Notice Paul’s prayer: “May the Lord make you increase and abound in love for one another and for all, just as we abound in love for you. And may he so strengthen your hearts in holiness that you may be blameless before our God and Father at the coming of our Lord Jesus with all his saints” (vv. 12-13). Paul prayed that the Lord who had been born in Bethlehem, who had died on the cross at Golgotha, who had risen from the dead from the garden tomb, who had ascended to the Father from the Mount of Olives, and who had come to the Philippian Christians’ lives to love and save them would work in their lives to make them holy—which means to be useful in God’s purpose—and blameless—which means to have matured as they should have—so that they would be ready when the Lord returned.
And what is the essence of being holy, of being blameless, of being ready? It is to “increase and abound in love for one another and for all.”
We are Advent people—we long for the celebration of Christmas and for the fulfillment of all things, but let us also long to be all that God means for us to be here and now; let us long to be holy, to be blameless, to be ready—which means to be more and more loving toward each other in the church and toward all those folks out there in the world.
This is a noisy, busy, hectic time of the year. Frederick Buechner, after talking about all the hustle and bustle surrounding Advent, said, “But if you concentrate just for an instant, far off in the deeps of you somewhere you can feel the beating of your heart. For all its madness and lostness, not to mention your own, you can hear the world itself holding its breath” [Whistling in the Dark: a Doubter’s Dictionary (San Francisco: Harper, 1993), p. 3].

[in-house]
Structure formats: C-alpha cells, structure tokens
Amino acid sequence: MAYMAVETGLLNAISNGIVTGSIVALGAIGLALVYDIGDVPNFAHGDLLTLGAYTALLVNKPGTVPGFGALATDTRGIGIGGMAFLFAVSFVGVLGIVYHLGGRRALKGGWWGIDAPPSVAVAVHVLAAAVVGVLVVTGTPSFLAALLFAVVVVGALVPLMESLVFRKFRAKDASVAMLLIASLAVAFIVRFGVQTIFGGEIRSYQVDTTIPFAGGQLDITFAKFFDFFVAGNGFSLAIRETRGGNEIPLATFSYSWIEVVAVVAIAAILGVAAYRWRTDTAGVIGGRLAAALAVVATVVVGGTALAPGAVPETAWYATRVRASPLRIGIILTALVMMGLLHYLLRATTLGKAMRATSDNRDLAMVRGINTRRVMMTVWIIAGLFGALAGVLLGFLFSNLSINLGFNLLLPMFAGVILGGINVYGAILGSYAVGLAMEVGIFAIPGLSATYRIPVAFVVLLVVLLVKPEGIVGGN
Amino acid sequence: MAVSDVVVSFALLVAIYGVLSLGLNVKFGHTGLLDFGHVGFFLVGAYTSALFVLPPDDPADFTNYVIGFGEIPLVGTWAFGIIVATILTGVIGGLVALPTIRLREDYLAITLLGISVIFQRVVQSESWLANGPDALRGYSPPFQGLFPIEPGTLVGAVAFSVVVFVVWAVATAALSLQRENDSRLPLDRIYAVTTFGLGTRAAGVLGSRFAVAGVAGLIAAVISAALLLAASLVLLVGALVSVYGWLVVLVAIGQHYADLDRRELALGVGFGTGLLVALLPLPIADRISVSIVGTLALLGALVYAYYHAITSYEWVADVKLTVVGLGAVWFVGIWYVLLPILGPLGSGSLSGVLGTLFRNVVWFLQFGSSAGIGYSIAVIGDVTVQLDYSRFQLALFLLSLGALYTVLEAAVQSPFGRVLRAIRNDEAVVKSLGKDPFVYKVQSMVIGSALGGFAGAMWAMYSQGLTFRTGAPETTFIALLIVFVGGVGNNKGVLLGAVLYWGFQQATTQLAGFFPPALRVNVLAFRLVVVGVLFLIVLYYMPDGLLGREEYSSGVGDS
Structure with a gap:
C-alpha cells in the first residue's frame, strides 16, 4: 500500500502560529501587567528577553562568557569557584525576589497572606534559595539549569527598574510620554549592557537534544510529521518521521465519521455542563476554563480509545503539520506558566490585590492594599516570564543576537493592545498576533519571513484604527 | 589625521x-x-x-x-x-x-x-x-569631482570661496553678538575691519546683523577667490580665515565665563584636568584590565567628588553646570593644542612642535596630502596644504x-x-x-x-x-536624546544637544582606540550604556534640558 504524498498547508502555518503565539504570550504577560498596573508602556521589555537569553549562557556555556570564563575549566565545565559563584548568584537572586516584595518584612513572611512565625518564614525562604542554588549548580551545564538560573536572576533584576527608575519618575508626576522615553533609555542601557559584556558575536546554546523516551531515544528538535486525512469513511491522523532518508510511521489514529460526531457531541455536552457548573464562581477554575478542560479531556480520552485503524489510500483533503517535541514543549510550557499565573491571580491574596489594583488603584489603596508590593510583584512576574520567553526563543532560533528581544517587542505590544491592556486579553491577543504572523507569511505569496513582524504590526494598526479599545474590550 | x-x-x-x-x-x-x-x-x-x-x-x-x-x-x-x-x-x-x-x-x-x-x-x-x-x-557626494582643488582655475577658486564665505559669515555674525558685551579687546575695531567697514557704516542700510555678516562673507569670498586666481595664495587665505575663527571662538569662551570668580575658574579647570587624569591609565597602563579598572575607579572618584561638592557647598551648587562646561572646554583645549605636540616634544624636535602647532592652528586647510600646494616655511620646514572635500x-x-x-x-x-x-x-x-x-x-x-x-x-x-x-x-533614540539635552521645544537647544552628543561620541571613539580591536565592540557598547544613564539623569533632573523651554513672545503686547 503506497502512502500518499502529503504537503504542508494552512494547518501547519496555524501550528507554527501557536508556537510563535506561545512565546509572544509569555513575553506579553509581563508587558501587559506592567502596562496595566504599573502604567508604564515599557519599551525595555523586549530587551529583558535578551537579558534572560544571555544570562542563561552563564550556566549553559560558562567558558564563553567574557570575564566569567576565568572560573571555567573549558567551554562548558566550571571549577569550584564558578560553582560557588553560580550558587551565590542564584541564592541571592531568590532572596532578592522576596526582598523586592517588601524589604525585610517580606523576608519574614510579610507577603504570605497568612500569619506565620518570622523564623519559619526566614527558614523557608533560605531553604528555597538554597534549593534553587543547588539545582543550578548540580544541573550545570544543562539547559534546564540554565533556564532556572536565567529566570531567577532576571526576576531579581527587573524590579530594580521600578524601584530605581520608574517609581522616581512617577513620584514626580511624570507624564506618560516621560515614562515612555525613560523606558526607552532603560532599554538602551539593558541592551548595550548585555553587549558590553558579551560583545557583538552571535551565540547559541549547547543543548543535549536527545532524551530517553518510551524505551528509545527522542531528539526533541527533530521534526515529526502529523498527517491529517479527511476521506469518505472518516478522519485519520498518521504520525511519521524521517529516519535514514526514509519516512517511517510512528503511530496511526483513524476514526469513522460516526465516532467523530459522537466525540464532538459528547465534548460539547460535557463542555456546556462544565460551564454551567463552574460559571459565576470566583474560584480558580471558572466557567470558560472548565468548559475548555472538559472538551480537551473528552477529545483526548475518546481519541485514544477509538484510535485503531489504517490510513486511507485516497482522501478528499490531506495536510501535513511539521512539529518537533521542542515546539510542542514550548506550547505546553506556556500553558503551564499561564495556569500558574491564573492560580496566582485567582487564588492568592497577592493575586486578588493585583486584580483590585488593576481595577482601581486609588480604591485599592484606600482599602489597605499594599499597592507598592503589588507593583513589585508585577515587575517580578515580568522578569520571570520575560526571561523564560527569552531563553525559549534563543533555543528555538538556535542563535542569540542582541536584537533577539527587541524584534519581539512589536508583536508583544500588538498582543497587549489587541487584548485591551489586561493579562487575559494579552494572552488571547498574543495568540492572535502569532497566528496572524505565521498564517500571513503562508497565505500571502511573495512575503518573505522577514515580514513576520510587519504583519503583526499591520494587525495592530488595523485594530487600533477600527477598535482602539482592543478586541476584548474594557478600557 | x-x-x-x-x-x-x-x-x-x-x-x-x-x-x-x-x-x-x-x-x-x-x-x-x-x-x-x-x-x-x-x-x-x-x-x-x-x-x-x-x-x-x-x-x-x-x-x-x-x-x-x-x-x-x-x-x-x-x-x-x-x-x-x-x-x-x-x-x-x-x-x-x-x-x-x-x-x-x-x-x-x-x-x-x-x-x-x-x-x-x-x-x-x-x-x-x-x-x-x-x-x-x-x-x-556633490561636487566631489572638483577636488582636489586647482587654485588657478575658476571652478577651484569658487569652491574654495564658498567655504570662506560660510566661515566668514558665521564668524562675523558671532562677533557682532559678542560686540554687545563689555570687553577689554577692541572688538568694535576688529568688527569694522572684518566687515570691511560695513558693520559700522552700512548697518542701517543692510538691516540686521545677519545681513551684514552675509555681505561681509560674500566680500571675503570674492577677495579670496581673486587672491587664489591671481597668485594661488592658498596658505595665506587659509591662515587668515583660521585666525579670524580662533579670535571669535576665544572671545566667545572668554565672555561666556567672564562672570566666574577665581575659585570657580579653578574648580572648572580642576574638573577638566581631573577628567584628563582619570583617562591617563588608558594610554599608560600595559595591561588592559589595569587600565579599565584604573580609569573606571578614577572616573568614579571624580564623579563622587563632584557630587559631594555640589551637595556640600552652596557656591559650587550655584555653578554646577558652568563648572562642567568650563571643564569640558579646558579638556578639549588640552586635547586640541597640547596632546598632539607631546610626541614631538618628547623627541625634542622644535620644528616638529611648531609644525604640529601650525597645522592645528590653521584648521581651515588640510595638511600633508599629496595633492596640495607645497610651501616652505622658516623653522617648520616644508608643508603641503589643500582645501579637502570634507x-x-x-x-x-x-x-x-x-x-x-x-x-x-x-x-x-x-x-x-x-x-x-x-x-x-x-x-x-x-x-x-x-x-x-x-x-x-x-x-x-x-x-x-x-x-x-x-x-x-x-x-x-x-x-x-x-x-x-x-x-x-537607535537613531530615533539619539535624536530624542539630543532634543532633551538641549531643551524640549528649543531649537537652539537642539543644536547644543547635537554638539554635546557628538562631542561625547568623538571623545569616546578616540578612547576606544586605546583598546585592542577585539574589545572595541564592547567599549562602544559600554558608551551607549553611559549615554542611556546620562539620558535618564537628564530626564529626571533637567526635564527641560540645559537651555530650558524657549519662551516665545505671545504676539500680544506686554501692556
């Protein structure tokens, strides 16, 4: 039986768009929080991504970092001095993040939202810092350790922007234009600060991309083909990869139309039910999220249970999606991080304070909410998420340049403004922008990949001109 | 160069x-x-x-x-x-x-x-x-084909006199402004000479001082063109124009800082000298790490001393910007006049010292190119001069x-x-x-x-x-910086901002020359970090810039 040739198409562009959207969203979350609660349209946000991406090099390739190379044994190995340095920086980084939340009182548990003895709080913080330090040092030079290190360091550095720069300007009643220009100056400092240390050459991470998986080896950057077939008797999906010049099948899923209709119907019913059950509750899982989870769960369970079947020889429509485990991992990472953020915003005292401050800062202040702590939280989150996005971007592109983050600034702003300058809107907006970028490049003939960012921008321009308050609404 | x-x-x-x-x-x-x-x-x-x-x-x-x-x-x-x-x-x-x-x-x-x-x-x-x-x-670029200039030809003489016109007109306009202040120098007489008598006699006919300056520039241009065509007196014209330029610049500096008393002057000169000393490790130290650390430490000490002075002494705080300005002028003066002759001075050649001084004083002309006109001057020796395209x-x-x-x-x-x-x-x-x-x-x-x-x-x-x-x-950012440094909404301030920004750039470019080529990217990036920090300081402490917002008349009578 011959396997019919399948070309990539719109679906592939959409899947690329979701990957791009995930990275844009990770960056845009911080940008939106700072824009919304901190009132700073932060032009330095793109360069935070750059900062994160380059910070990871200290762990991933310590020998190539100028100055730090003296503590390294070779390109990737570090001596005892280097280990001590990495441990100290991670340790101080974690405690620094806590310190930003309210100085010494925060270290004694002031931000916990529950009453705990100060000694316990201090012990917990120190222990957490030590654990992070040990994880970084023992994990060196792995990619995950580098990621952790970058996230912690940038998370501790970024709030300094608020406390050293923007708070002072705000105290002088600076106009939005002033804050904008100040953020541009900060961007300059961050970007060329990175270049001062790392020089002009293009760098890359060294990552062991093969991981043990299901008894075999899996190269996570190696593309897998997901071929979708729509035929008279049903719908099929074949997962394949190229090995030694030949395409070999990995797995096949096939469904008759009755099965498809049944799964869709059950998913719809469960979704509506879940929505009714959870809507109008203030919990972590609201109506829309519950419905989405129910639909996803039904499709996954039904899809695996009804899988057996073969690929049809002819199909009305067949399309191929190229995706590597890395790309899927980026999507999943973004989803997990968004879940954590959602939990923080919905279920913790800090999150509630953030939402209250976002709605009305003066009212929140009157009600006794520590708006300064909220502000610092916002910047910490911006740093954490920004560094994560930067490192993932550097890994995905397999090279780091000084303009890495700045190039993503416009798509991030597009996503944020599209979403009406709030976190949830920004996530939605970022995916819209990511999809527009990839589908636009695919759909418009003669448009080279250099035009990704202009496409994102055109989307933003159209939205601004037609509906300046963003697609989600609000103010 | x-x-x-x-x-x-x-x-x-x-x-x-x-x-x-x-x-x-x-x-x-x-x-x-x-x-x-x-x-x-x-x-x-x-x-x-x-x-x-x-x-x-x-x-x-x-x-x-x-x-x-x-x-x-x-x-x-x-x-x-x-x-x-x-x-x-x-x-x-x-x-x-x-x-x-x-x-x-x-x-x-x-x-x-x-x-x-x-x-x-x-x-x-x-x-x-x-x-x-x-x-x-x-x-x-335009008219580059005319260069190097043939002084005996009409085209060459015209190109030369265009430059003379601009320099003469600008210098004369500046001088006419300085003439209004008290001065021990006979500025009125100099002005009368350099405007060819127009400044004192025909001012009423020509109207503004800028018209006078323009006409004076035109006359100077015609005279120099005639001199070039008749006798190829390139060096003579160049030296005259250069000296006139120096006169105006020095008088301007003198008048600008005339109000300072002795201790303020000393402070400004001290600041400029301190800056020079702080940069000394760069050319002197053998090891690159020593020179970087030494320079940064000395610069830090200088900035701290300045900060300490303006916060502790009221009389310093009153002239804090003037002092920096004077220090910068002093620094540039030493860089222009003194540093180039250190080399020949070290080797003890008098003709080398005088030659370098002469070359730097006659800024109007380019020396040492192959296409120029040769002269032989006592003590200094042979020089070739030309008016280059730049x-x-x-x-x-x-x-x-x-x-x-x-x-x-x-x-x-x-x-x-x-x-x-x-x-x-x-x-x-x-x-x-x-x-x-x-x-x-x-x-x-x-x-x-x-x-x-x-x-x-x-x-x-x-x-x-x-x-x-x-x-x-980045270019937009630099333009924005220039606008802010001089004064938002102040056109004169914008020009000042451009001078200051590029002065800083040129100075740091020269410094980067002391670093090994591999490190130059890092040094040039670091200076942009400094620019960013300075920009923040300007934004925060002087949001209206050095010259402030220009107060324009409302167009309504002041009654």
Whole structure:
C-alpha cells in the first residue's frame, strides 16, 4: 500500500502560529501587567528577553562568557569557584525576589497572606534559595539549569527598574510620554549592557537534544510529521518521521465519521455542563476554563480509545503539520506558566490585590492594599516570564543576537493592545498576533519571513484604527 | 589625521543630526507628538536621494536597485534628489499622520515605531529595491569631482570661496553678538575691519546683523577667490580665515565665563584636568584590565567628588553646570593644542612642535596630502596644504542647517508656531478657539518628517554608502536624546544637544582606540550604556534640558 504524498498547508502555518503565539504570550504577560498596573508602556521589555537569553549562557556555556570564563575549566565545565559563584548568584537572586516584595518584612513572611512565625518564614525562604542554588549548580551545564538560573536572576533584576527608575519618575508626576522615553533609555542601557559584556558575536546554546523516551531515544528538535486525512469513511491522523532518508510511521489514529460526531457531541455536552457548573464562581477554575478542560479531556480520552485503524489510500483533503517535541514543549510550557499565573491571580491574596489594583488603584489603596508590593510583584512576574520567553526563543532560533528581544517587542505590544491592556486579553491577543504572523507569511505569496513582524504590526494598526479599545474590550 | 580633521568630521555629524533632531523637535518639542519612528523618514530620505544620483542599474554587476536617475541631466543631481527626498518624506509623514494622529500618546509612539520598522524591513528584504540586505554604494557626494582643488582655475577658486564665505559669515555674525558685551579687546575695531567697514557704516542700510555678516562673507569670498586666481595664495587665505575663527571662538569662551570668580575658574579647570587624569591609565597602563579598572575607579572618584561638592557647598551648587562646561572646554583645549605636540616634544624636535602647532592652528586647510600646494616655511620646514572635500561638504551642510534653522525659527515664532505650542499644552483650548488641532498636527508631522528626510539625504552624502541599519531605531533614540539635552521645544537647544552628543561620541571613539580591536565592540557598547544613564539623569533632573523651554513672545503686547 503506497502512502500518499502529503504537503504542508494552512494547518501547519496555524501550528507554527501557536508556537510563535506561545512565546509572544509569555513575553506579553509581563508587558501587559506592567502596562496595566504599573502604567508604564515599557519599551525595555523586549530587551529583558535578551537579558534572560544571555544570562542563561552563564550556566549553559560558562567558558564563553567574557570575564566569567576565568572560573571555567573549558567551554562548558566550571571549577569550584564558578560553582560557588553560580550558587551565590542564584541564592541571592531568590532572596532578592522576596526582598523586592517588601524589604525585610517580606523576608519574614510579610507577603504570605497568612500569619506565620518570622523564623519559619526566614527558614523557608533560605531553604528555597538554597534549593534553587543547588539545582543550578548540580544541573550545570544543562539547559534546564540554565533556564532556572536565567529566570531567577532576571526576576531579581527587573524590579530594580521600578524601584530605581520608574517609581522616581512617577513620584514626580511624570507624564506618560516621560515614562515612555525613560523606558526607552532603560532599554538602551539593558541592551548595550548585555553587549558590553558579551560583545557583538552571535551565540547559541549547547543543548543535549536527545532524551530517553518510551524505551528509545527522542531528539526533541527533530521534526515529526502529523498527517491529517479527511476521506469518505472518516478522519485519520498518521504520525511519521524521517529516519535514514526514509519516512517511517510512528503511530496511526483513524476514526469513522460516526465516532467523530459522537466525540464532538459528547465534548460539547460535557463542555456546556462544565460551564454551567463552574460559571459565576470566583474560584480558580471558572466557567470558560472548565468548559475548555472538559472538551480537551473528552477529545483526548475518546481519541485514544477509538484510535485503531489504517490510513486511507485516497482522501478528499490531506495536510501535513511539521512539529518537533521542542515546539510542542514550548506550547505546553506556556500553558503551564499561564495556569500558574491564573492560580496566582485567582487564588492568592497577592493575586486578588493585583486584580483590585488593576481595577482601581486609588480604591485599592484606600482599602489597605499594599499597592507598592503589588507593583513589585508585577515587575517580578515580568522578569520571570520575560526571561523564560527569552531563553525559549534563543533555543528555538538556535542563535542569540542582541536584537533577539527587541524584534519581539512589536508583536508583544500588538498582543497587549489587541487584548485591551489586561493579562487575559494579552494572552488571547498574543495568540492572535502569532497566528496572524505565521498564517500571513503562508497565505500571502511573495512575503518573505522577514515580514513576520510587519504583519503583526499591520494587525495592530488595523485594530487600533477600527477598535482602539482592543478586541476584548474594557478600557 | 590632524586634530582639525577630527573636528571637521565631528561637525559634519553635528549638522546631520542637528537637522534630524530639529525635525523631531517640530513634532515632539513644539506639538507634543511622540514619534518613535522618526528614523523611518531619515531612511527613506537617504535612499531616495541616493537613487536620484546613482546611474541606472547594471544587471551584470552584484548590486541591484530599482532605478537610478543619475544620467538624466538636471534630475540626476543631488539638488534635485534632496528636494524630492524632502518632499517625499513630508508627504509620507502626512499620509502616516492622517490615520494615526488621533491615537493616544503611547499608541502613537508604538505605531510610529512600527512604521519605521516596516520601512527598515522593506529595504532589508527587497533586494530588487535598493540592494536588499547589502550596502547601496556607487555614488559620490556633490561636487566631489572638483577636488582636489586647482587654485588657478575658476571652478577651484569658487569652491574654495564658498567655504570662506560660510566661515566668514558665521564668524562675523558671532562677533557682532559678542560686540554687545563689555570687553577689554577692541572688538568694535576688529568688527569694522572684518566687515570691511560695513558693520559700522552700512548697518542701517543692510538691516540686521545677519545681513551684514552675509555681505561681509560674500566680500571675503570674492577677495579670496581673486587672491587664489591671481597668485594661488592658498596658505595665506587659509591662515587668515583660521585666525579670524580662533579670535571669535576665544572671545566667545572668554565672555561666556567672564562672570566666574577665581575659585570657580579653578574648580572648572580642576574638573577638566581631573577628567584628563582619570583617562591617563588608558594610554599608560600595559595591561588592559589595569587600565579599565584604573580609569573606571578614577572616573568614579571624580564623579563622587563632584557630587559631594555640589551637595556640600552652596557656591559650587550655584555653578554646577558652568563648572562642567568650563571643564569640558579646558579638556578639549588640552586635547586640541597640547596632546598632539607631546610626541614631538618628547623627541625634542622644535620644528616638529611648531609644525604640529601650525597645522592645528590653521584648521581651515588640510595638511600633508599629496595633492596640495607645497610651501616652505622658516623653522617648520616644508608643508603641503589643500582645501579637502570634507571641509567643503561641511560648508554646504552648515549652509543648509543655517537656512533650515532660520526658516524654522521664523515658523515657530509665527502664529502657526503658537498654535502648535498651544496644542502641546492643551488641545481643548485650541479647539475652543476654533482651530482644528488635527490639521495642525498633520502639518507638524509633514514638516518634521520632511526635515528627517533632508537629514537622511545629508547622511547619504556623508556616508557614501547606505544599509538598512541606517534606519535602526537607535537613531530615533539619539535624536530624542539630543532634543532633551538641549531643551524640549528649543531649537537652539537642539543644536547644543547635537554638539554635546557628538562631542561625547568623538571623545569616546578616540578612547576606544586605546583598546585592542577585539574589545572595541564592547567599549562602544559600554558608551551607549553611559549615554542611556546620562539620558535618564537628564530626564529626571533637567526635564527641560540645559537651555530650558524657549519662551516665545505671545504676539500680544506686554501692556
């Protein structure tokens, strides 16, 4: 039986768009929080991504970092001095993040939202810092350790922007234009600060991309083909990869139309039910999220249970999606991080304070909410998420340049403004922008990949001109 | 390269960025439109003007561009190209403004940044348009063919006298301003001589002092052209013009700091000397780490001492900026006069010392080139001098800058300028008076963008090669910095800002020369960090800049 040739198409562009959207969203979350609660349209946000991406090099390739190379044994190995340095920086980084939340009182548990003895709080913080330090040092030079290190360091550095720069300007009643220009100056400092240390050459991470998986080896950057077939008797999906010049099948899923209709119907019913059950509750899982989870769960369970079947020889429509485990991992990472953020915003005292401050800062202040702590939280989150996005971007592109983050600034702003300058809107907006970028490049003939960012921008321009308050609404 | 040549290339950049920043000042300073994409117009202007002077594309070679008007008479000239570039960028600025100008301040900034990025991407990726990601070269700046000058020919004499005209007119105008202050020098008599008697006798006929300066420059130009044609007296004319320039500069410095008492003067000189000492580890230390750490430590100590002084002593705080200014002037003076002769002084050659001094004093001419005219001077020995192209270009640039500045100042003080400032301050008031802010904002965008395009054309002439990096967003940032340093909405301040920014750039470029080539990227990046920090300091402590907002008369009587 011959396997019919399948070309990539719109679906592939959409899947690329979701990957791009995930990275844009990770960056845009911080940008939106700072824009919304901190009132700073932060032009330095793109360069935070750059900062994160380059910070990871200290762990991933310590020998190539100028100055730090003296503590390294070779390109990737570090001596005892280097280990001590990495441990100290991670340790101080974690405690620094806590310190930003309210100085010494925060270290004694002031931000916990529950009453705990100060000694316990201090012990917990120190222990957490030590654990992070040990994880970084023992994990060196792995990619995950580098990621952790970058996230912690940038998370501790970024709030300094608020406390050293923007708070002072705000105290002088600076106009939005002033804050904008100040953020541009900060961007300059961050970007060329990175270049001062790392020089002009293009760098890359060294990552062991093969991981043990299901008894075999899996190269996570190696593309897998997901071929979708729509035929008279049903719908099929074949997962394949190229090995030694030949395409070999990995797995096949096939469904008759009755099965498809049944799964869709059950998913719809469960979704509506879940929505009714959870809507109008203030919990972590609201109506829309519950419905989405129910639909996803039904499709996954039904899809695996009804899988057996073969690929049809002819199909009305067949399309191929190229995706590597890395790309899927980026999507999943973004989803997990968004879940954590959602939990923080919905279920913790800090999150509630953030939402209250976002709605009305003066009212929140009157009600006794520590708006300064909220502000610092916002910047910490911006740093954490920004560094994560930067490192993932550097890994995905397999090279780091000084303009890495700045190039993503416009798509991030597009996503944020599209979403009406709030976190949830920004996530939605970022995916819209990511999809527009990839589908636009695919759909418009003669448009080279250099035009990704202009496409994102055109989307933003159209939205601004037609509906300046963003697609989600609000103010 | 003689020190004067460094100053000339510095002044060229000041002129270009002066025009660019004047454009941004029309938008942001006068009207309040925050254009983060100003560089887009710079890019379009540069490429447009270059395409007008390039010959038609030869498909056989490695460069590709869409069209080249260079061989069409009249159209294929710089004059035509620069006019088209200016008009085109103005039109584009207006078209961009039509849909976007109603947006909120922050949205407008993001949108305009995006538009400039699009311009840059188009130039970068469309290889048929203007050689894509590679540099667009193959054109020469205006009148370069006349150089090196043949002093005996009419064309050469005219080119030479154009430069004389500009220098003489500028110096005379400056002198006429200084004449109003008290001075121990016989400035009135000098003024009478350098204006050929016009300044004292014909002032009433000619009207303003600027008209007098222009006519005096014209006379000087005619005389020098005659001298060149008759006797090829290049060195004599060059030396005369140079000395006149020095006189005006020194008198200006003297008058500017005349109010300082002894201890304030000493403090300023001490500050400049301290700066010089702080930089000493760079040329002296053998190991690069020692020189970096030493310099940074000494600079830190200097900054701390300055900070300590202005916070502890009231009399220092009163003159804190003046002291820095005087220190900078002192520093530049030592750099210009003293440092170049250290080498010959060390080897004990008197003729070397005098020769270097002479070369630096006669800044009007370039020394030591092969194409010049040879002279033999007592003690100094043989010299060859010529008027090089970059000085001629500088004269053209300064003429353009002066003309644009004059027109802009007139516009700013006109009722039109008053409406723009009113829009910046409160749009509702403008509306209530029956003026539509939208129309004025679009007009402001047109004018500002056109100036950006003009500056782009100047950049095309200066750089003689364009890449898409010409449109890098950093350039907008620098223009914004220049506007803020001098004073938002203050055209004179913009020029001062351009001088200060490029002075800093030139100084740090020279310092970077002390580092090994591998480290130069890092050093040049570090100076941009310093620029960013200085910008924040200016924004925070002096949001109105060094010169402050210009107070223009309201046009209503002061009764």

And that’s true—the world and we who live in the world hold our breath in anticipation of what is to come; nonetheless, I want to encourage us to breathe—to breathe regularly, to breathe deeply, to breathe consistently—to feel our breath, to ponder our breath, to increase our breath—and our breath is our love.
Let us pray that we will grow fuller and fuller of God’s love that we might love each other more and more. How do we love? That may not be as important as that we love!
One year, a few days before Christmas, my parents and I went to a magical and exotic place called Greenbrier Mall in Atlanta. That particular year, one of the items on my embarrassingly long Christmas list was a toy guitar; being me, I could not make up my mind which of the two models I wanted. The mall had three or four department stores and each one of them had their own stand-in for Santa, who was of course busy at the North Pole making the guitar that I would eventually receive. I went from store to store, constantly changing my mind and constantly letting the next store’s Santa know of my change of mind. It didn’t really matter, of course, which one I settled on, because either way I would have a guitar; in fact, I do not remember which one I finally received. What does matter, though, is that I never actually learned to play the guitar. It doesn’t matter which one I got; it does matter than I didn’t use the one I got.
So how do you love? What practices will help us to grow in love? Again, that we love is more important than how we love, but here are some simple suggestions.
You see, to long for Jesus is to long to live like Jesus would have us live. To long to grow is to long to love. To long to be holy is to long to love. To long to be ready is to long to love.
Look into your heart. What are you longing for?